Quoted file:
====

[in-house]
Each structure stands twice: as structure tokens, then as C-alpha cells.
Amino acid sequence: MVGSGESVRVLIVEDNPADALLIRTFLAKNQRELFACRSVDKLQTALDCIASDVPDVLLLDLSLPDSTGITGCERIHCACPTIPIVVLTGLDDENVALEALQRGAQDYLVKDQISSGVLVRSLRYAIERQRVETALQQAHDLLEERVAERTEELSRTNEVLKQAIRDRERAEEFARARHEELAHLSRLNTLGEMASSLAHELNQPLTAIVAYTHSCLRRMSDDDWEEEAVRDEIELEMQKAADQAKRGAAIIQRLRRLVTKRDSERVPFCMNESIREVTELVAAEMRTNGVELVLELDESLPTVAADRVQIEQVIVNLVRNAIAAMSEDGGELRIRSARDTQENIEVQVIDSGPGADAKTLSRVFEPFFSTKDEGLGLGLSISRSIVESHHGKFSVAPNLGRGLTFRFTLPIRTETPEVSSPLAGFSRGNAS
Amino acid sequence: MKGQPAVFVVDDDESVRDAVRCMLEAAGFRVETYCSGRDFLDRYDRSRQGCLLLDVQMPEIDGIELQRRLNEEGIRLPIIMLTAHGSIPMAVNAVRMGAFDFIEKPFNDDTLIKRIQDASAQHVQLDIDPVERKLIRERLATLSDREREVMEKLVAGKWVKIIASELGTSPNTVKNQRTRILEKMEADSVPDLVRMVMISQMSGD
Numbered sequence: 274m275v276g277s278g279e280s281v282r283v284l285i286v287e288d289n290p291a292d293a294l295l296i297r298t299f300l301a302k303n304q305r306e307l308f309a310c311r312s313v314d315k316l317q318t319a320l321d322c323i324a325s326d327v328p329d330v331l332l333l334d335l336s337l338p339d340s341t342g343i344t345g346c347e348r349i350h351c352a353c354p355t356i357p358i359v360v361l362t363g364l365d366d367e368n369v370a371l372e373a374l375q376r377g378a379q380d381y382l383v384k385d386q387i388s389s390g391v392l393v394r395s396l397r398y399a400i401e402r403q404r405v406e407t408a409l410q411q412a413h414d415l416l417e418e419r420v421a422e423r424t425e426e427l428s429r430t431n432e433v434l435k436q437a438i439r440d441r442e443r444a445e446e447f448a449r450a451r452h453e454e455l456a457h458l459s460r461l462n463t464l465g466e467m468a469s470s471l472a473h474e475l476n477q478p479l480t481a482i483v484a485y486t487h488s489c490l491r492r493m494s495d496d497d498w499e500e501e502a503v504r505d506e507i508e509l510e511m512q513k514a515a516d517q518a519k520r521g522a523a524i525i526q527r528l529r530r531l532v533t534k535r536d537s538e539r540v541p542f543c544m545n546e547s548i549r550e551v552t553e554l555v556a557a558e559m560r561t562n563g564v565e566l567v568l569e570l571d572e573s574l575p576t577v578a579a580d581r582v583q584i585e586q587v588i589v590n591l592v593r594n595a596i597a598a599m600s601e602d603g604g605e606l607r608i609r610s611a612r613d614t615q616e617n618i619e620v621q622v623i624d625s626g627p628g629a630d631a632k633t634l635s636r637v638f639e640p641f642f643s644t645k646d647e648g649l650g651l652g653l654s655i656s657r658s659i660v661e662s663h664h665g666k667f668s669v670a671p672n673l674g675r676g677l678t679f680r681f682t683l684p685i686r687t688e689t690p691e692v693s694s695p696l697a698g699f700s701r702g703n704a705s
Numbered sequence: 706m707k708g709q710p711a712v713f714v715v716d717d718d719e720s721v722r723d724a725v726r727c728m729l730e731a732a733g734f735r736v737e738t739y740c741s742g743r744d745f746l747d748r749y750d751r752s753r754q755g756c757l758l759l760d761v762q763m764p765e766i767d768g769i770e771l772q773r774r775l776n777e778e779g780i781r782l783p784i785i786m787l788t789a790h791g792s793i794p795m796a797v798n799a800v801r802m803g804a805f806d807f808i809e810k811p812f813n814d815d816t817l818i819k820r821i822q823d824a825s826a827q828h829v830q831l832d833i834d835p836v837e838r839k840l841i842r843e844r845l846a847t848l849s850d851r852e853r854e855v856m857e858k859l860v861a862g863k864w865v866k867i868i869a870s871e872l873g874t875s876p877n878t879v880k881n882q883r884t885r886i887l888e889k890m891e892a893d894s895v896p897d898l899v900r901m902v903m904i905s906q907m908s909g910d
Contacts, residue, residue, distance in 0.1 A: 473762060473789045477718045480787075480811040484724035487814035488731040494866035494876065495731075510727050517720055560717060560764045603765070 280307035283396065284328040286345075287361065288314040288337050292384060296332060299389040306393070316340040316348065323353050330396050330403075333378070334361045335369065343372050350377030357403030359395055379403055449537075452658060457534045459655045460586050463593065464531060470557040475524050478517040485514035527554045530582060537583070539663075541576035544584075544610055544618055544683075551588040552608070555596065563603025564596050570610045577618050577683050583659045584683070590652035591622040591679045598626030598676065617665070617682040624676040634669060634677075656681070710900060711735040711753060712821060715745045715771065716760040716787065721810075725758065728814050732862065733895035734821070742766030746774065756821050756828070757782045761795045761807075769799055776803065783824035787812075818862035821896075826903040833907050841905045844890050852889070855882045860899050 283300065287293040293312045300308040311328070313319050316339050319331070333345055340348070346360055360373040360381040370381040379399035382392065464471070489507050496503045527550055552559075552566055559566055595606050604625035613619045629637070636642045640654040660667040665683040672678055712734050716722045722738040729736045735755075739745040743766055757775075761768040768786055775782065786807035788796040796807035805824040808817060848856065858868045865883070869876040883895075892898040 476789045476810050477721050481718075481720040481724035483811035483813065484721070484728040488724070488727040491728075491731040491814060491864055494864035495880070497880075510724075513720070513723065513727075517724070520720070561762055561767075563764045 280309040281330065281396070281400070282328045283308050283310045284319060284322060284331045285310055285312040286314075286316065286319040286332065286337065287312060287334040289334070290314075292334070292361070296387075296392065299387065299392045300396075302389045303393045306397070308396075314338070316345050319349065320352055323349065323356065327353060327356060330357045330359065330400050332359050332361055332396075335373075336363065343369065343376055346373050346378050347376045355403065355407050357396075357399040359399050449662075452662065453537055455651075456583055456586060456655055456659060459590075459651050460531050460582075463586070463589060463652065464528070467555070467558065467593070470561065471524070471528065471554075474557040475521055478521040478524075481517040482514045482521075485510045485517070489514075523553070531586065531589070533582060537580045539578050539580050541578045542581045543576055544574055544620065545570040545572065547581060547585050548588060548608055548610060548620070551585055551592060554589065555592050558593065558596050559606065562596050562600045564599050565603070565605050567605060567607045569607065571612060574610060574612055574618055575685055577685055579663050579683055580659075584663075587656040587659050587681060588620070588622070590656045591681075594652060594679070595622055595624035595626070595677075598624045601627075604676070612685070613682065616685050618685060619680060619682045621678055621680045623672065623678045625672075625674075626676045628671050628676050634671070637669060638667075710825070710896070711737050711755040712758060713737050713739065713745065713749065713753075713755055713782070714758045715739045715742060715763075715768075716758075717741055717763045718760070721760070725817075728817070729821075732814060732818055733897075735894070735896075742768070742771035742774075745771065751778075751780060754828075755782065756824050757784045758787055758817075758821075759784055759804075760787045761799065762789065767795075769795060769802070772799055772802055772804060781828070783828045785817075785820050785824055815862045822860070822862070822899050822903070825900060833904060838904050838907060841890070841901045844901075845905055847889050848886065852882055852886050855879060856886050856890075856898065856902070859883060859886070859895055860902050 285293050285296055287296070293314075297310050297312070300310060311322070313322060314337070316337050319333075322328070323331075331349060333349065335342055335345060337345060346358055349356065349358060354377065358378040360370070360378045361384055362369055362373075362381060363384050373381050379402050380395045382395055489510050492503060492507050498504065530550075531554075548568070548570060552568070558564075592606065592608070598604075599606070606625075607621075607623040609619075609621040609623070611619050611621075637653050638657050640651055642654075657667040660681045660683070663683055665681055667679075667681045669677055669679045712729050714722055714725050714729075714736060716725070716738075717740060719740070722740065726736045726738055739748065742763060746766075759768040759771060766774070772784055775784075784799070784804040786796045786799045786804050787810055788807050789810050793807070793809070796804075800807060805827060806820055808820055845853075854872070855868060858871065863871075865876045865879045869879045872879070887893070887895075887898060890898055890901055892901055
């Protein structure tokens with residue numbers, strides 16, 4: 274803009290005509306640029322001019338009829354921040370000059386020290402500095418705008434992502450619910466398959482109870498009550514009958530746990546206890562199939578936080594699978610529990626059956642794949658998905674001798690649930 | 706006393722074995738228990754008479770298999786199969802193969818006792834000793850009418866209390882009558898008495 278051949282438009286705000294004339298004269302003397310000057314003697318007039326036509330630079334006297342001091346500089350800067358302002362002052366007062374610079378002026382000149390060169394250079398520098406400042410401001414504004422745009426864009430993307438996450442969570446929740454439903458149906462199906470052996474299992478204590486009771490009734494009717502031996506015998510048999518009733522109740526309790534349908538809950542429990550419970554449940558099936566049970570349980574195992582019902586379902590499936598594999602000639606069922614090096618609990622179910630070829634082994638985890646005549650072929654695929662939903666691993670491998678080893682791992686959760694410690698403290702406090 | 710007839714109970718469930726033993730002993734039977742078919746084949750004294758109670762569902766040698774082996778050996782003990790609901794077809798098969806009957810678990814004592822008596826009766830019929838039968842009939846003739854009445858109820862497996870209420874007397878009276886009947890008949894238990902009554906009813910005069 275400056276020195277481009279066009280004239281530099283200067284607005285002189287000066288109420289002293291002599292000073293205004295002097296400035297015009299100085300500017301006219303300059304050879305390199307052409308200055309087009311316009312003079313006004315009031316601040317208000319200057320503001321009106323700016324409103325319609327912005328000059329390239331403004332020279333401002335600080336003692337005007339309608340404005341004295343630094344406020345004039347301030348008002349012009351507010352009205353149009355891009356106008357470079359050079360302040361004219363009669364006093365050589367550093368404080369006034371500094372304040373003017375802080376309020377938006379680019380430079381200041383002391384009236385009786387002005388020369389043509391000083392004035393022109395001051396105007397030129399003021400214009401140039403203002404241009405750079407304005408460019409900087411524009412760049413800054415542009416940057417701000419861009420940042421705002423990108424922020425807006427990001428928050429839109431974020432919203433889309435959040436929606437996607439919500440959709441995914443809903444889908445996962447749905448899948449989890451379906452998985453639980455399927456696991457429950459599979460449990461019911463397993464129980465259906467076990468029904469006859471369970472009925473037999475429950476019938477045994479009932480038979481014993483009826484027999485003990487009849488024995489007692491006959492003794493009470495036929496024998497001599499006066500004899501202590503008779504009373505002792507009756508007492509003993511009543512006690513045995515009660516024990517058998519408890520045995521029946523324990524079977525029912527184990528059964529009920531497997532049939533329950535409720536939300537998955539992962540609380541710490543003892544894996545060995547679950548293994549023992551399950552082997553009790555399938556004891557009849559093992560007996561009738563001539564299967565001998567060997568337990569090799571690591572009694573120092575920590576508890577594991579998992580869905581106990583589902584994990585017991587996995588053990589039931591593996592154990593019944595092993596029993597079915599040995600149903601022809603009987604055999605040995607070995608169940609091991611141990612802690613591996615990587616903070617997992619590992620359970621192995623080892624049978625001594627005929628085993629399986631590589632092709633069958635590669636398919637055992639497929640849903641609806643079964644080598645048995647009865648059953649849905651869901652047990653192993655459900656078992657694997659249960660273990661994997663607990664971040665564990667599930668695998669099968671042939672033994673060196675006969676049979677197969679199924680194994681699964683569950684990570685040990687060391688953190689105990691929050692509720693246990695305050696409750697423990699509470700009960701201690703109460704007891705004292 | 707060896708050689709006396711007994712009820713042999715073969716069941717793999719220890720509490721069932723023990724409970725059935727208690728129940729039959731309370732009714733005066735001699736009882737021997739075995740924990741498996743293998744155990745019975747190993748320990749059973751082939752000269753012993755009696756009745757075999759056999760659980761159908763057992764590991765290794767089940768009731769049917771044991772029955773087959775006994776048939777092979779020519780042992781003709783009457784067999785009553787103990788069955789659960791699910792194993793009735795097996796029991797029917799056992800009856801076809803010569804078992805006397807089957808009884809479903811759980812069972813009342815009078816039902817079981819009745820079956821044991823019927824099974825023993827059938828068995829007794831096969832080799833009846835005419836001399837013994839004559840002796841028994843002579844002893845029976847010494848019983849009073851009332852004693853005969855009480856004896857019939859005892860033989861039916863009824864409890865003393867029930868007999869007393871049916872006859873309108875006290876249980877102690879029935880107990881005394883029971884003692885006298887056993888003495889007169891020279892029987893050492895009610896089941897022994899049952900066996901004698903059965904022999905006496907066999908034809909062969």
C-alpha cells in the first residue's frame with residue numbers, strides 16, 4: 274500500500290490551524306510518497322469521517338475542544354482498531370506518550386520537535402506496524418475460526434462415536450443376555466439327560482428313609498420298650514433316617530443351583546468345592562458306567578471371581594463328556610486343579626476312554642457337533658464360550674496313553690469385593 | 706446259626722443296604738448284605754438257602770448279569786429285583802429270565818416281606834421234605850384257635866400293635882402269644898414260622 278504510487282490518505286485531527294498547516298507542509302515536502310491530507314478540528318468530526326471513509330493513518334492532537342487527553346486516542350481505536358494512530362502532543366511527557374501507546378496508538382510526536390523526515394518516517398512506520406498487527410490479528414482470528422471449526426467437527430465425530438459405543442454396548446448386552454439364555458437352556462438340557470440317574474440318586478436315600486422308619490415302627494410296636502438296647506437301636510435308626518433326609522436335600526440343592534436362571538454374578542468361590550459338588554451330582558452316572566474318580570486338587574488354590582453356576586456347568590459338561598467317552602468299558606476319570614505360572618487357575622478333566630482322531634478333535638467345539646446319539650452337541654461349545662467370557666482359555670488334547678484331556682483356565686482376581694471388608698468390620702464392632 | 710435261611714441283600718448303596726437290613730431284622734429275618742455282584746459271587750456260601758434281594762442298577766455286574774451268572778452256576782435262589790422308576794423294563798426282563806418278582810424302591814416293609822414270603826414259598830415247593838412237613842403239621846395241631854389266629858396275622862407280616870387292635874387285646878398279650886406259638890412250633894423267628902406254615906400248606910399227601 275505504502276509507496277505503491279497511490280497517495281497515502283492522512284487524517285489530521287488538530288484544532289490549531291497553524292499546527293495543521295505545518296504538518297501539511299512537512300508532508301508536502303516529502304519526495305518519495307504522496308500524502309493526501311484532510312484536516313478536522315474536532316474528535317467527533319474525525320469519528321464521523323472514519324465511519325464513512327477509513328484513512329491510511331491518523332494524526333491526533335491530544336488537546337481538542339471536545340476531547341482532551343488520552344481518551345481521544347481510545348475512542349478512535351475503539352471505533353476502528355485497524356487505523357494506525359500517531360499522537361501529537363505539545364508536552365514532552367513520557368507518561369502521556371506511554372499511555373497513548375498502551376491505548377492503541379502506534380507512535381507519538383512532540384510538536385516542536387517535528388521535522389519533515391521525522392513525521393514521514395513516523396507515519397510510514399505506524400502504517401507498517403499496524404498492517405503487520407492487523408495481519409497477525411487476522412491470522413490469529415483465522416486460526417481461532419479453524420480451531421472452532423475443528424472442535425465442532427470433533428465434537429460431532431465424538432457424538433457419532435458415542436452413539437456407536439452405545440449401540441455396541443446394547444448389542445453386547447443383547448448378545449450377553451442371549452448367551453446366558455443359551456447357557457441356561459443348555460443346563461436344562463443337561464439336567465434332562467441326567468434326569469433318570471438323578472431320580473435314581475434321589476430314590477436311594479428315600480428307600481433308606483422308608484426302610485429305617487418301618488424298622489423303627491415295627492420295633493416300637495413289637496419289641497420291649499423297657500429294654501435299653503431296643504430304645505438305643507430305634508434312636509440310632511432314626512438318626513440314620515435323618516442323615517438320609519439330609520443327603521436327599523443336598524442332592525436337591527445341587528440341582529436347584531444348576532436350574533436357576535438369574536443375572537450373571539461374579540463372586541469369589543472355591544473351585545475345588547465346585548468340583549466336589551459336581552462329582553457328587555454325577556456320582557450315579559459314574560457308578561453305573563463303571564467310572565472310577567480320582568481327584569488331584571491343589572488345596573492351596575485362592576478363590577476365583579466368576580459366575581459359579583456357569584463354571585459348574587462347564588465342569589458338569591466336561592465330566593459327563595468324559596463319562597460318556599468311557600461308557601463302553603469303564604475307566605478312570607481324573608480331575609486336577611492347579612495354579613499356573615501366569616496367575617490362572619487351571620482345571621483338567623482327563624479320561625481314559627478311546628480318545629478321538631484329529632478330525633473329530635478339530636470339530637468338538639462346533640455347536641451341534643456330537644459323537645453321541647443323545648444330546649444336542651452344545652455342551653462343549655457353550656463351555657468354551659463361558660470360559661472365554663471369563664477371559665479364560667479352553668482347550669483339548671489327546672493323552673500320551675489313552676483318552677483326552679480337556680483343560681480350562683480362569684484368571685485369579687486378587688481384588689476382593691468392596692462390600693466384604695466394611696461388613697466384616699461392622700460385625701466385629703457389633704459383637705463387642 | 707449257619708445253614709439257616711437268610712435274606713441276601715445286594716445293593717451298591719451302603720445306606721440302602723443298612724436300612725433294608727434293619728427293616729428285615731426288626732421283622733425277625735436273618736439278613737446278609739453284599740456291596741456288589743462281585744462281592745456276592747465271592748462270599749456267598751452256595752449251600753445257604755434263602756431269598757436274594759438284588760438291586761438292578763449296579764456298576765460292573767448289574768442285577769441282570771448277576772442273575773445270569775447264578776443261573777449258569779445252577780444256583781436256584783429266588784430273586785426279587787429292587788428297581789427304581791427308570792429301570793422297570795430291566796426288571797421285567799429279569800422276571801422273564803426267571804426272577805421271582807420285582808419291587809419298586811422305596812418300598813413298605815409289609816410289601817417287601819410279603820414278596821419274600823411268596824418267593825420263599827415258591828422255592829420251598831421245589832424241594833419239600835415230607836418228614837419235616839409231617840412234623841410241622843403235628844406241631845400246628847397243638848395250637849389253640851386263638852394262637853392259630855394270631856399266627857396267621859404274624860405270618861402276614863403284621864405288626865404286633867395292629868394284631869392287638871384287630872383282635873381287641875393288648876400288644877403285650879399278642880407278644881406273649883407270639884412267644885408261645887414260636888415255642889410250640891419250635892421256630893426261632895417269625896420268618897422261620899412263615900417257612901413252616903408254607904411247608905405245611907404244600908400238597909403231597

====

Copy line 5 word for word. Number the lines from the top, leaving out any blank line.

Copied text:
Numbered sequence: 274m275v276g277s278g279e280s281v282r283v284l285i286v287e288d289n290p291a292d293a294l295l296i297r298t299f300l301a302k303n304q305r306e307l308f309a310c311r312s313v314d315k316l317q318t319a320l321d322c323i324a325s326d327v328p329d330v331l332l333l334d335l336s337l338p339d340s341t342g343i344t345g346c347e348r349i350h351c352a353c354p355t356i357p358i359v360v361l362t363g364l365d366d367e368n369v370a371l372e373a374l375q376r377g378a379q380d381y382l383v384k385d386q387i388s389s390g391v392l393v394r395s396l397r398y399a400i401e402r403q404r405v406e407t408a409l410q411q412a413h414d415l416l417e418e419r420v421a422e423r424t425e426e427l428s429r430t431n432e433v434l435k436q437a438i439r440d441r442e443r444a445e446e447f448a449r450a451r452h453e454e455l456a457h458l459s460r461l462n463t464l465g466e467m468a469s470s471l472a473h474e475l476n477q478p479l480t481a482i483v484a485y486t487h488s489c490l491r492r493m494s495d496d497d498w499e500e501e502a503v504r505d506e507i508e509l510e511m512q513k514a515a516d517q518a519k520r521g522a523a524i525i526q527r528l529r530r531l532v533t534k535r536d537s538e539r540v541p542f543c544m545n546e547s548i549r550e551v552t553e554l555v556a557a558e559m560r561t562n563g564v565e566l567v568l569e570l571d572e573s574l575p576t577v578a579a580d581r582v583q584i585e586q587v588i589v590n591l592v593r594n595a596i597a598a599m600s601e602d603g604g605e606l607r608i609r610s611a612r613d614t615q616e617n618i619e620v621q622v623i624d625s626g627p628g629a630d631a632k633t634l635s636r637v638f639e640p641f642f643s644t645k646d647e648g649l650g651l652g653l654s655i656s657r658s659i660v661e662s663h664h665g666k667f668s669v670a671p672n673l674g675r676g677l678t679f680r681f682t683l684p685i686r687t688e689t690p691e692v693s694s695p696l697a698g699f700s701r702g703n704a705s